A blind boy who suffered catastrophic brain damage has smiled for the first time in three years thanks to an innovative new treatment called "hyperbaric oxygen therapy".
Sarah Dafner’s little boy Tzvi was only three months old when a case of the flu led to him suffering severe brain damage. The youngster, who is now 5, was just learning to roll over when he fell ill.
On the third morning of his illness Tvzi didn’t wake up. He had stopped breathing and gone into cardiac arrest. Paramedics worked on Tzvi for almost half an hour before he finally started breathing again, but he had sustained massive brain damage.
It left him unable to respond to stimuli, blind, in constant pain and having seizures that lasted all day and night. At the start of his illness, Tzvi was spending three out of every four weeks in hospitals because of infections and seizures.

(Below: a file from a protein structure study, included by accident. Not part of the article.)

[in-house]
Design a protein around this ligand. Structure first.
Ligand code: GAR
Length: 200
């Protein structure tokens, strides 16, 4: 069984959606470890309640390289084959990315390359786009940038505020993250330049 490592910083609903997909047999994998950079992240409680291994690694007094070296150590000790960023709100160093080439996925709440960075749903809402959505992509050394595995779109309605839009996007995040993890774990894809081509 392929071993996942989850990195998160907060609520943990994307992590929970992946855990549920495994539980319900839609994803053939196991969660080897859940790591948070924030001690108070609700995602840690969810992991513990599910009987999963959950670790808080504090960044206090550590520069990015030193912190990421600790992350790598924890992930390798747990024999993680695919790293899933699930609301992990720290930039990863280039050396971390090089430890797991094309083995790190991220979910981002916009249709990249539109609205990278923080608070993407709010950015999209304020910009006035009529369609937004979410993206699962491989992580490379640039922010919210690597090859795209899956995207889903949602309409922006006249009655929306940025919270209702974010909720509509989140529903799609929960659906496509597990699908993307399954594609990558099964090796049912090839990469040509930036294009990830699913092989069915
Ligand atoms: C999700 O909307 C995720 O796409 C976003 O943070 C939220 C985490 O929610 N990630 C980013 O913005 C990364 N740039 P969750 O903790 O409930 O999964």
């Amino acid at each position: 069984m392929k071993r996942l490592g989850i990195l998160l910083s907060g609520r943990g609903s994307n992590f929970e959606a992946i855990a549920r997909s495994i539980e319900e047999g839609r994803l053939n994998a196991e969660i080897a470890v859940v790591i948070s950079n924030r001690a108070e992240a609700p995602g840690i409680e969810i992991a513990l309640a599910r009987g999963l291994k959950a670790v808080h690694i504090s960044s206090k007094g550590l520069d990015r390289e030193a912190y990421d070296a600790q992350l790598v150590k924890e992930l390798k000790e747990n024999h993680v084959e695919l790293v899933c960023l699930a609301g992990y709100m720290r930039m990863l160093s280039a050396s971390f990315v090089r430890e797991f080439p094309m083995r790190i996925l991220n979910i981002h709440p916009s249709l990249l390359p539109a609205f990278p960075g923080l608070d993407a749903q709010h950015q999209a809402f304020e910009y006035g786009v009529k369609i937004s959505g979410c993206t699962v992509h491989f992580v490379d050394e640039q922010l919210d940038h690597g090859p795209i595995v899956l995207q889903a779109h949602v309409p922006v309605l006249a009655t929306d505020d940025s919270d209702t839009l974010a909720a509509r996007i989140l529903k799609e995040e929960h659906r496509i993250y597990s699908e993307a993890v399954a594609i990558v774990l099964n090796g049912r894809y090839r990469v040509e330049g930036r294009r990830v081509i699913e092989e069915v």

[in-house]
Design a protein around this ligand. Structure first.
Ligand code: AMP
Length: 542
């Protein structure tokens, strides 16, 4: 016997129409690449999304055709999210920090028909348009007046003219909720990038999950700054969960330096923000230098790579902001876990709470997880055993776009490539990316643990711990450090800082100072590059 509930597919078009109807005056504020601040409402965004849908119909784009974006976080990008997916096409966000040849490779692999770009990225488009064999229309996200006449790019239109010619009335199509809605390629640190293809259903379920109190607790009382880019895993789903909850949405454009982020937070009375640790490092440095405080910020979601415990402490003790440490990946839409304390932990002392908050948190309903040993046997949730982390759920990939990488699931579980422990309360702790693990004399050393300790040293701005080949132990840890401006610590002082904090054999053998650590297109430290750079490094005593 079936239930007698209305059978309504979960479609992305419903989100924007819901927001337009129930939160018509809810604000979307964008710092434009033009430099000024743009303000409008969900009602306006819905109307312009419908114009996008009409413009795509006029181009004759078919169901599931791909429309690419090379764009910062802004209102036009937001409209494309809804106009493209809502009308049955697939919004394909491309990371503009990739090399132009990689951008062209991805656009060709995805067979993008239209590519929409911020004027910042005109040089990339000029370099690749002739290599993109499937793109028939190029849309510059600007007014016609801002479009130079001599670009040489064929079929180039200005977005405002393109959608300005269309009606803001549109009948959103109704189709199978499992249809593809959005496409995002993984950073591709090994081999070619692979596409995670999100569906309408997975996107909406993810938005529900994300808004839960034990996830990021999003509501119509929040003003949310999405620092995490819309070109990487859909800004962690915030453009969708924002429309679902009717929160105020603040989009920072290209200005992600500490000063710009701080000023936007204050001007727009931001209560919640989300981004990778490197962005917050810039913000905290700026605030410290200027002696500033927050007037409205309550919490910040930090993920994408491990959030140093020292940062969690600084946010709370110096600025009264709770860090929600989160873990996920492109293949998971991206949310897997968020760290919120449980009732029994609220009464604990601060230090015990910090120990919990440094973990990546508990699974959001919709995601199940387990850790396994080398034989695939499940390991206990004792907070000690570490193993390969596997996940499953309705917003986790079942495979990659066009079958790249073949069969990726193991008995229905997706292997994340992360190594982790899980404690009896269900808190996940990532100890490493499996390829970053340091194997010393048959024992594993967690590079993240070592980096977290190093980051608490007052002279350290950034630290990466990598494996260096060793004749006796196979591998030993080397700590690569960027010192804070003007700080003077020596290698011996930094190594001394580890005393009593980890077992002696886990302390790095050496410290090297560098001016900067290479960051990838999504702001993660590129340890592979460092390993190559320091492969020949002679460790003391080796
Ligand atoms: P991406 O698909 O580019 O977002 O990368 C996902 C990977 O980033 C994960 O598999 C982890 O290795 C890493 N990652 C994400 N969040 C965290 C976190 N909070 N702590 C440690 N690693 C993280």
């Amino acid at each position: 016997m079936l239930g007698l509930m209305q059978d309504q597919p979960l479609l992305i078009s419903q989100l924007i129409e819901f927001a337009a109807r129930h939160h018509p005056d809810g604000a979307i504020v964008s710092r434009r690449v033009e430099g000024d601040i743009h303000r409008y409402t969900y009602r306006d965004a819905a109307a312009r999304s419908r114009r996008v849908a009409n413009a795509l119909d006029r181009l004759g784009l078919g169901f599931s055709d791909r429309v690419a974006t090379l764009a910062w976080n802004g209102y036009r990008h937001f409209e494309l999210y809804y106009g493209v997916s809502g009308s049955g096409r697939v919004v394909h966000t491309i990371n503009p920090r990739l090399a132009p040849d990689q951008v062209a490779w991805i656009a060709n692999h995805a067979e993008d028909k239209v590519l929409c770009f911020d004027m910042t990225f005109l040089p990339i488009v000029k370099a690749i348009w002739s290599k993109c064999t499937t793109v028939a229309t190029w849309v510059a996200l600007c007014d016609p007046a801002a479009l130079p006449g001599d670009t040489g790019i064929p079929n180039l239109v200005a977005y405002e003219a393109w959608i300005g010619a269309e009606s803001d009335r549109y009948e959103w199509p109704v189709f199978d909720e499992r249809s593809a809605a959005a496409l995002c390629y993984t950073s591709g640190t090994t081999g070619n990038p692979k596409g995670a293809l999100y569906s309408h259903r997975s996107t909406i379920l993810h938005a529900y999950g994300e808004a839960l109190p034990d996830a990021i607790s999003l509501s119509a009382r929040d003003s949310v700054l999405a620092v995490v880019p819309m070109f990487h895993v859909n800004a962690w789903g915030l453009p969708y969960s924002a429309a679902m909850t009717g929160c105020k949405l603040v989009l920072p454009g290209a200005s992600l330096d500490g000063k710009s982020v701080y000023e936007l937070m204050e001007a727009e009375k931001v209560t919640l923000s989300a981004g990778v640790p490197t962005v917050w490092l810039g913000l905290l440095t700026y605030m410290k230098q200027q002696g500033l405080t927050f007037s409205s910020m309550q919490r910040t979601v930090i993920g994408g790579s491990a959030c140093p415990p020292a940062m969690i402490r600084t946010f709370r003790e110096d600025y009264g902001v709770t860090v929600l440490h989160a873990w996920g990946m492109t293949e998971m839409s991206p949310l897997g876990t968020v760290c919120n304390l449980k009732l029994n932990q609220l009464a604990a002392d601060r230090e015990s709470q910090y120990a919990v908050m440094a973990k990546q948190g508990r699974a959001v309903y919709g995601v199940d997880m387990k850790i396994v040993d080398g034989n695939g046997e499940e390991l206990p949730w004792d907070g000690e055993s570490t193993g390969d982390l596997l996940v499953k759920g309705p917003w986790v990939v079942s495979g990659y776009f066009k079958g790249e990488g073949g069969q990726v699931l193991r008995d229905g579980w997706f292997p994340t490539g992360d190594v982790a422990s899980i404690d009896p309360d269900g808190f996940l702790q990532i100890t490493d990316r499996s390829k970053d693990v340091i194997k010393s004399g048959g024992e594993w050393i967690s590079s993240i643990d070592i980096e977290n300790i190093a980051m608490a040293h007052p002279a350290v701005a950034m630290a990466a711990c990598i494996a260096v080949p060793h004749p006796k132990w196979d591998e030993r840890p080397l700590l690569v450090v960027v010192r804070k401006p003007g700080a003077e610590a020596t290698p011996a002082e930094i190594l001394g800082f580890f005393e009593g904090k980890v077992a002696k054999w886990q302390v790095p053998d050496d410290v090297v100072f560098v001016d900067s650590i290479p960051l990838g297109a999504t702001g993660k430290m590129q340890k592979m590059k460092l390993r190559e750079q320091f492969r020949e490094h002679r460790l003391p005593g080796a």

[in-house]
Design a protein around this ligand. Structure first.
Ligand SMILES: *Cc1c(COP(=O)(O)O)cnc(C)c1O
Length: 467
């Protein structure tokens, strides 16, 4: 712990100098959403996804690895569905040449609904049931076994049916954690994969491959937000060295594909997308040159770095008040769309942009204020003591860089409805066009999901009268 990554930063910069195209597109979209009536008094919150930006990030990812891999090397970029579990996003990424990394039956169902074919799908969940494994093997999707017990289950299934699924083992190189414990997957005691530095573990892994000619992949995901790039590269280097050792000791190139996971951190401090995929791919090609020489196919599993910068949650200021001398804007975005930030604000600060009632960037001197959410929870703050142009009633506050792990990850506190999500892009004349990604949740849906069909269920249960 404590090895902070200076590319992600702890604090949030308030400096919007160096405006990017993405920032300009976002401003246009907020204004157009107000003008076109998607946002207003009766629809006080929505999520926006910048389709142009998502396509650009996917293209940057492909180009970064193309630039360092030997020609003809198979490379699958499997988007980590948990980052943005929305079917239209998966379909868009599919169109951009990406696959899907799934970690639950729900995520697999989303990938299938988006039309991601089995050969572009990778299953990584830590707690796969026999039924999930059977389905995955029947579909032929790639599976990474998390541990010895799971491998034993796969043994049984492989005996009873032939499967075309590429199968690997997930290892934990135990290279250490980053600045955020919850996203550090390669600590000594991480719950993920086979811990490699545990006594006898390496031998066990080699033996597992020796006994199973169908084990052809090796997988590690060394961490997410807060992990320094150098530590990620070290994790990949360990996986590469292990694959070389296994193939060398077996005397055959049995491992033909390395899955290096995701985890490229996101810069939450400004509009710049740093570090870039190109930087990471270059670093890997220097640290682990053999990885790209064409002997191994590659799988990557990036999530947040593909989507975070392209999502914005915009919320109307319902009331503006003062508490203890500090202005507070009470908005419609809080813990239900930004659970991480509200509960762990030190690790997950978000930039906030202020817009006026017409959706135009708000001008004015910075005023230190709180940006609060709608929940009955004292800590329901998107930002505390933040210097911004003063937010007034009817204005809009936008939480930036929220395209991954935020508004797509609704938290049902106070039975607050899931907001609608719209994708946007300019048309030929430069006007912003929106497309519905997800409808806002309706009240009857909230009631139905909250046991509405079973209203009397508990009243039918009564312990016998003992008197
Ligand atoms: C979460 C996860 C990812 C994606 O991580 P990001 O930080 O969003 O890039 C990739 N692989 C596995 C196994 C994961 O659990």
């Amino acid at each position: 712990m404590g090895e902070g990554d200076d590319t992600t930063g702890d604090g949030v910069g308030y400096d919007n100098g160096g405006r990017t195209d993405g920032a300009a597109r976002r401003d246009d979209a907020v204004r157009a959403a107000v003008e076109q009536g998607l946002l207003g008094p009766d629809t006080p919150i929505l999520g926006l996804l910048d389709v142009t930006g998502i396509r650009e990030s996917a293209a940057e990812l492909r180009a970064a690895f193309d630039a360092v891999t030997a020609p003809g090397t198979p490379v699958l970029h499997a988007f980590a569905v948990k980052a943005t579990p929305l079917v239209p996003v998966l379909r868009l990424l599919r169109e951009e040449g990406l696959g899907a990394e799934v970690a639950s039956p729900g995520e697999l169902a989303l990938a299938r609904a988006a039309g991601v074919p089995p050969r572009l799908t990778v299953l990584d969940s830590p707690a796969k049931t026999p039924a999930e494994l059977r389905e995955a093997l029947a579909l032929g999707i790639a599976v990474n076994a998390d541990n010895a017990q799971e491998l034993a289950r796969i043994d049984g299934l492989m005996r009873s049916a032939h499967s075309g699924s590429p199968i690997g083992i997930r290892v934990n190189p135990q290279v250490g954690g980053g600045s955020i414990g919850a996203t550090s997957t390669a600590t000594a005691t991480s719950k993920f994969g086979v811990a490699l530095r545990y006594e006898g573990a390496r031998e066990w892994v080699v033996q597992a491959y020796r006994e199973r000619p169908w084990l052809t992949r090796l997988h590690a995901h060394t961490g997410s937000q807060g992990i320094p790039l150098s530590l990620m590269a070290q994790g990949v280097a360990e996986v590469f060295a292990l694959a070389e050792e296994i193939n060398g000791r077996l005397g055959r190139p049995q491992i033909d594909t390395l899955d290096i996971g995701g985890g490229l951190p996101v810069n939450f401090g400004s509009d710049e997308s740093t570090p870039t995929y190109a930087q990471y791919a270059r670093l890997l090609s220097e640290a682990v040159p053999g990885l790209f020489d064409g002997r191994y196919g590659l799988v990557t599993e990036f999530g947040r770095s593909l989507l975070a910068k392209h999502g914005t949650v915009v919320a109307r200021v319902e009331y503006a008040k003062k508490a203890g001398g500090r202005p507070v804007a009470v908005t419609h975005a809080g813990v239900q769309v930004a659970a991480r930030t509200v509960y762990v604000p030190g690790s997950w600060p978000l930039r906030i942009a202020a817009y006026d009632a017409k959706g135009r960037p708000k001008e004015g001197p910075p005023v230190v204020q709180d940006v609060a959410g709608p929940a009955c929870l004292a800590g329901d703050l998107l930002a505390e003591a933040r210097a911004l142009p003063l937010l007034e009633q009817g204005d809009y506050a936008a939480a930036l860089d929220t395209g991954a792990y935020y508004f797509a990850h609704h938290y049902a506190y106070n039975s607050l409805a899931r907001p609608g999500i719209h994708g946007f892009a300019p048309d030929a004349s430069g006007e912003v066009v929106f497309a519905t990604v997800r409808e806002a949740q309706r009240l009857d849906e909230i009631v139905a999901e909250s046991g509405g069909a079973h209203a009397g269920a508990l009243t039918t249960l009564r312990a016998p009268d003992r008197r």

Sarah and husband Reuven, who live in Prestwich, were told there was not much that could be done apart from 'therapy and hope'. Sarah said: “His EEG showed no brain activity and Tzvi didn’t respond to stimuli. Not a sound came out of his mouth and he couldn’t bend his legs at all, even when unconscious. They were rigid."
“After that he started having seizures. We began trying different drugs with massive side effects and lots of hospital admissions. He was screaming in pain because his body was so stiff and the seizures lasted all day long. We were literally living a day at a time.”
Then, two years ago the family's fortunes finally began to change...
The family's GP showed Sarah a piece he had read about hyperbaric oxygen chambers.
Sarah took Tzvi to a center in Morecambe to undergo the treatment and the results changed Tzvi's life.
After just 20 sessions his seizures decreased dramatically and he started smiling for the first time in almost three years.
The pressurized chamber works by allowing the user to breathe in 100% oxygen, which is carried through the body to tissue starved of this precious gas of life. Hyperbaric treatment is most effective when it is used on consecutive days.
For the full story on Mirror.co.uk, click here.